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Paul Borish

Age: 54

Occupation:Psychologist

Number of Cruises: 1

Cruise Line: Royal Caribbean

Ship: Explorer of the Seas

Sailing Date: 2012-02-9

Itinerary: Eastern Caribbean

Not bad other than the biohazards.

Olde Country Buffet quality.

Horrific smell.

Fair

We also had the misfortune to be prisoners on Deck 10 Aft on the 1/6/12 cruise. Pretty much from departure, the hallways on our deck just smelled bad. We were aware of some passengers having had their cabins moved, and then the vacated cabins having the doors left open.

The day we left Puerto Rico the nightmare began.

That evening, there was a sewage smell throughout the aft port side. About 8pm, the sewage began venting directly through the duct in our cabin, conveniently located in the closet. If this should happen in your cabin, like us you might think opening the balcony door would help, but in fact it creates a draft that pulls the methane and aerosolized fecal matter directly into the room at a high velocity. Makes sense when you think about it.

I called maintenance and the front desk, no one ever showed up or returned calls. My 4 year old daughter threw up three times that night. I had vertigo problems for the remainder of the trip.

The next morning, I again called the desk and "requested" a management representative report to my room. Not only didn't anyone show up, they didn't even have the decency to call me to let me know they didn't care. Now, as everyone who reads this forum knows, this ship has a chronic problem with the septic system. It's WELL documented here. It certainly has been a consistent problem since at least this past spring, and possibly for years. Guess who doesn't read this forum? Royal Caribbean management.

Here's where a mechanical problem turned into a Customer Relations bloodbath. You see, corporate management has decided to use the strategy of "lie and deny" to deal with this from a customer service perspective.

I went to the desk the next morning, and this is where the whole thing got strange. I spoke to "Roy; the Front Desk Manager" who not only stated "THIS HAS NEVER HAPPENED BEFORE!", but thought my request to have RCI wash the aerosolized fecal matter out of my clothing, if and when it stopped flowing through my closet, was unreasonable. If it was his room, he wouldn't even think about doing that. And no, no other guests had made that request. I demanded they send a management representative to my room to discuss the issue, and a couple hours later a rather stern woman came to the room with the intent of intimidating me and being back in her assistant managers meeting before her tea got cold, and proceeded to tell me she was a Housekeeping Assistant Manager, and both too busy AND important to have to be there, but she was told she had to. Fascinating. She also adamantly denied this ship EVER having had this problem before. She also thought a desire to have the aerosolized fecal matter removed from my 4 year old daughters clothing was unreasonable. She did eventually relent, but with as much attitude as she could muster after a thoroughly unexpected dressing down. The direct venting of methane and aerosolized fecal matter went on for 13 hours. Several other managers swore to TheCorporateLieâ„¢ about this ever having happened before.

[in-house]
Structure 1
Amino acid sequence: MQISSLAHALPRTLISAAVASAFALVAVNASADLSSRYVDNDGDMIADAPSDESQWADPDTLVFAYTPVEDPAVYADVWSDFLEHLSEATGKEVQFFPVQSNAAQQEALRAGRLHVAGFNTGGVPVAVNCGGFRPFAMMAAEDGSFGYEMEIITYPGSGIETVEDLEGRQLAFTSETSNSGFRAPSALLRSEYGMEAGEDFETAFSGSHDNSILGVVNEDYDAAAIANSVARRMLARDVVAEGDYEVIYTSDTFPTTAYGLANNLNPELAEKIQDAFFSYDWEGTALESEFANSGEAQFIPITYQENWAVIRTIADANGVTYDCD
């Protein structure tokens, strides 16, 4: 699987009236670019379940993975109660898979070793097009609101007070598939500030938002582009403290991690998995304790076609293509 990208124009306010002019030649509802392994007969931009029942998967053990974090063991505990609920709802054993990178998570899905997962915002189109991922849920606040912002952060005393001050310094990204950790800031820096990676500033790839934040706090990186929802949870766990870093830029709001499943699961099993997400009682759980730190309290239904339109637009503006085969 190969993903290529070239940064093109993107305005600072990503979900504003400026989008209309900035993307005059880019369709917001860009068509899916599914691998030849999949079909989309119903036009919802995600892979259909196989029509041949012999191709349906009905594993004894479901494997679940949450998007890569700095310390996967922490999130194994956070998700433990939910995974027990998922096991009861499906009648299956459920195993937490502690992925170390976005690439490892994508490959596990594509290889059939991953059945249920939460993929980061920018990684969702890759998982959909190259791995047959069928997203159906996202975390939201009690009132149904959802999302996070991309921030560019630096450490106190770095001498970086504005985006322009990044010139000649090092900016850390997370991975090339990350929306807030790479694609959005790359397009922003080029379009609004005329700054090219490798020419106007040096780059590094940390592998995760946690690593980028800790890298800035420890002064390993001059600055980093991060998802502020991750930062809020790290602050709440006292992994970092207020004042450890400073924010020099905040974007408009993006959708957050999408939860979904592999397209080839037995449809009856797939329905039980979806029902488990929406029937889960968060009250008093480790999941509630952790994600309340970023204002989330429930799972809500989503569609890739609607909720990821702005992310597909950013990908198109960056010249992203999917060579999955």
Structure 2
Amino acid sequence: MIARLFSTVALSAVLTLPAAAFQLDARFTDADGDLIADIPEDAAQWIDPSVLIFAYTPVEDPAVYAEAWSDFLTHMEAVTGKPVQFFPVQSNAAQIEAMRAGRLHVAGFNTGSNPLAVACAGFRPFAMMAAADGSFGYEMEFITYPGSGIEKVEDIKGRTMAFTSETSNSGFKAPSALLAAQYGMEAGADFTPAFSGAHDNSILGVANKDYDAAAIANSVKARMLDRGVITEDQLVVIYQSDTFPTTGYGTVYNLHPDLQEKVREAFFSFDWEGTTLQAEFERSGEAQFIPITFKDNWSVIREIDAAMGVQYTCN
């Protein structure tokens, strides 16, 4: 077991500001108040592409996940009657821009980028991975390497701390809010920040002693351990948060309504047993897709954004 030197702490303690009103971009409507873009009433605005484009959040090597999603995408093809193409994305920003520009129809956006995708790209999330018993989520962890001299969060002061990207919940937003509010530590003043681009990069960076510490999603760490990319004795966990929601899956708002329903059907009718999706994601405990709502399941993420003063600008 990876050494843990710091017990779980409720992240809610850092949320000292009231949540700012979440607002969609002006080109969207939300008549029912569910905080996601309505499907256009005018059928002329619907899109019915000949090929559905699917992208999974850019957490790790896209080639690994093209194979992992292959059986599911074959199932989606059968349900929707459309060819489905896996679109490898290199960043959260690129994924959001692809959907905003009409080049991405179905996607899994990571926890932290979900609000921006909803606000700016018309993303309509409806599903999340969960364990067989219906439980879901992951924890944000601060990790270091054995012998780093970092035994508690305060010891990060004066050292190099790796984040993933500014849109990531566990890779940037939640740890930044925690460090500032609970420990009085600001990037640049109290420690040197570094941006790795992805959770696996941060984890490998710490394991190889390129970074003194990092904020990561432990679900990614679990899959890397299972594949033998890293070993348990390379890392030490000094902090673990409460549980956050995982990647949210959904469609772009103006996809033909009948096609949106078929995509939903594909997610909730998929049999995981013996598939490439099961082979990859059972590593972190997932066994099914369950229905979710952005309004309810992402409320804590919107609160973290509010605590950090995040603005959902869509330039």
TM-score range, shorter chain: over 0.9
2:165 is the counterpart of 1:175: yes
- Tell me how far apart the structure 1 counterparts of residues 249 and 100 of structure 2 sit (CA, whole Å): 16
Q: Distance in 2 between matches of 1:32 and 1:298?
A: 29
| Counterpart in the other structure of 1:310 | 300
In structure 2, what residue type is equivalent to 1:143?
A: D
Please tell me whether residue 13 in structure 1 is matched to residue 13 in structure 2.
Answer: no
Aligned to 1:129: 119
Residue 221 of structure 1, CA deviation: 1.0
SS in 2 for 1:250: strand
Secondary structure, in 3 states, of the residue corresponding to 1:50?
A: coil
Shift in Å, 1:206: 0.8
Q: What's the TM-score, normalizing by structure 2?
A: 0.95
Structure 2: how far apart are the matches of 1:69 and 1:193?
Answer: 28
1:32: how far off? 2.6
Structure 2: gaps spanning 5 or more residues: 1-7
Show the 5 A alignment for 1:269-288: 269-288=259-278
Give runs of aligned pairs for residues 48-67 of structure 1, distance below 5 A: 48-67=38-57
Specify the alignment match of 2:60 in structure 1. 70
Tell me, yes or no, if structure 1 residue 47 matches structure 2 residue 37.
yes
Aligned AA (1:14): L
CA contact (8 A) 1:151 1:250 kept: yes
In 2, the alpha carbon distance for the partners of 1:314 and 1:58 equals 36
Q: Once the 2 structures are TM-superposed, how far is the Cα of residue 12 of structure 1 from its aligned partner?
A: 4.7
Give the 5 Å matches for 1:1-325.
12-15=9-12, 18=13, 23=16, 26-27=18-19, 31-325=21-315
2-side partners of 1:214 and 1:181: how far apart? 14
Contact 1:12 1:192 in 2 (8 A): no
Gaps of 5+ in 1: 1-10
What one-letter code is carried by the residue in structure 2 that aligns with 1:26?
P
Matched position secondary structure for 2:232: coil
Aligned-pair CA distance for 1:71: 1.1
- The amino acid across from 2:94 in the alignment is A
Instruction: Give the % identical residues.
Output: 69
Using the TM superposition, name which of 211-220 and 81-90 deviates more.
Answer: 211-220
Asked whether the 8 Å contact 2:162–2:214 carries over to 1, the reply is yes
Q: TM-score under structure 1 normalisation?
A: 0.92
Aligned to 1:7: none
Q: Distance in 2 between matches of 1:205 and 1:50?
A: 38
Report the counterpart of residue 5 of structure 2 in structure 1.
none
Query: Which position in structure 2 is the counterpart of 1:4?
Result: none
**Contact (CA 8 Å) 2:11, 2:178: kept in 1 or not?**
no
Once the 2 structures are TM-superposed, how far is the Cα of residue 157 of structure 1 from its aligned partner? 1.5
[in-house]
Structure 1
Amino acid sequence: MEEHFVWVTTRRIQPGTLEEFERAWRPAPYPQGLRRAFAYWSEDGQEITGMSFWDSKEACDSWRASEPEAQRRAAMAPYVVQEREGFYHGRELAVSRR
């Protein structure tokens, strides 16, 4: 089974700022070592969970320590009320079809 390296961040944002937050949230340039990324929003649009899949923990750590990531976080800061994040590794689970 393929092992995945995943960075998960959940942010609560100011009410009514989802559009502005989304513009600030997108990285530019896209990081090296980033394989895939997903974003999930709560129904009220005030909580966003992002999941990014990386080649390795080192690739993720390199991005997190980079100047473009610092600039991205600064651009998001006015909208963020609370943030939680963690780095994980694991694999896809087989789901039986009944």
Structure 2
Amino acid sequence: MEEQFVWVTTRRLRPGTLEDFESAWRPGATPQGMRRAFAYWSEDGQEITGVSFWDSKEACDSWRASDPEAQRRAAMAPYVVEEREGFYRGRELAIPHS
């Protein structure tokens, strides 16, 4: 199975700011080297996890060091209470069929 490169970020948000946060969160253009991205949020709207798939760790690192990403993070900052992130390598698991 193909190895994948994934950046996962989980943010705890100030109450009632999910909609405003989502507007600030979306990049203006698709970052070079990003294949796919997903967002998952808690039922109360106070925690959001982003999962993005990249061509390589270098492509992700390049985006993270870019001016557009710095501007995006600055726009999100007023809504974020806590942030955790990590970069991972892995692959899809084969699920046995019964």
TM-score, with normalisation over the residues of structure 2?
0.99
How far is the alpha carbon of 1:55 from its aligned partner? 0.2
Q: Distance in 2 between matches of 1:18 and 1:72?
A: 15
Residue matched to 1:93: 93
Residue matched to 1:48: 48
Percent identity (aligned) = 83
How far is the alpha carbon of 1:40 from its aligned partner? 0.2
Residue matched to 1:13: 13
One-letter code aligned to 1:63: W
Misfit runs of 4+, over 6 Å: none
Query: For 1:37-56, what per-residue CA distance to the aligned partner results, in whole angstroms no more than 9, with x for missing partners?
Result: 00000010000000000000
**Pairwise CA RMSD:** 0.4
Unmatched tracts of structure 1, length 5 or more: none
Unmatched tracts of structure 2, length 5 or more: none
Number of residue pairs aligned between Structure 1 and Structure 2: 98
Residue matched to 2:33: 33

The capper was the last evening, in the dining room. The senior officers were doing their dog and pony show in the dining room, and the Chief Engineer had the misfortune to show up at our table. We had a rather heated argument about the existence of TheCorporateLieâ„¢. He repeatedly swore this had never happened before.

There's clearly two problems here. One mechanical/financial; and one of customer contempt. I'm not a mechanical engineer, but I do have a graduate degree in psychology and work in the corporate world. You see, if you have a long-standing mechanical problem that causes methane gas and aerosolized fecal matter to spew randomly throughout sections of cabins of your ship, and the majority of the affected passengers who are being assaulted by this known problem have been reading about it for months, why on earth would your corporate policy be to lie about it? Doesn't make sense. Pretty much the opposite of every evidence-based customer service theory. If your Chief Engineer tells TheCorporateLieâ„¢, and according to other posters here the Captain tells TheCorporateLieâ„¢, TheCorporateLieâ„¢ is your policy from the CEO down.

As you can imagine, I've told this sad tale to lots of people in the past weeks. Nobody could make sense of it. Great Psychological Minds were baffled; Clever but obscure "Folie à creux" jokes were made. Many lunches were ruined in the hospital cafeteria. Oaths were sworn at RCI on my family's behalf. Then one day, I was sitting with a Epidemiologist friend at lunch. When I told him I had been on a cruise, by the look on his face you would have thought I'd said I'd been bathing in a swamp. When I told him about TheCorporateLie™, he immediately offered an answer. "If they admit it's a chronic problem, they'd have to take it out of service and fix it." "The CDC would be freaking out". "It would cost them millions, of course they lied." Can't say that's true, but it does make sense...

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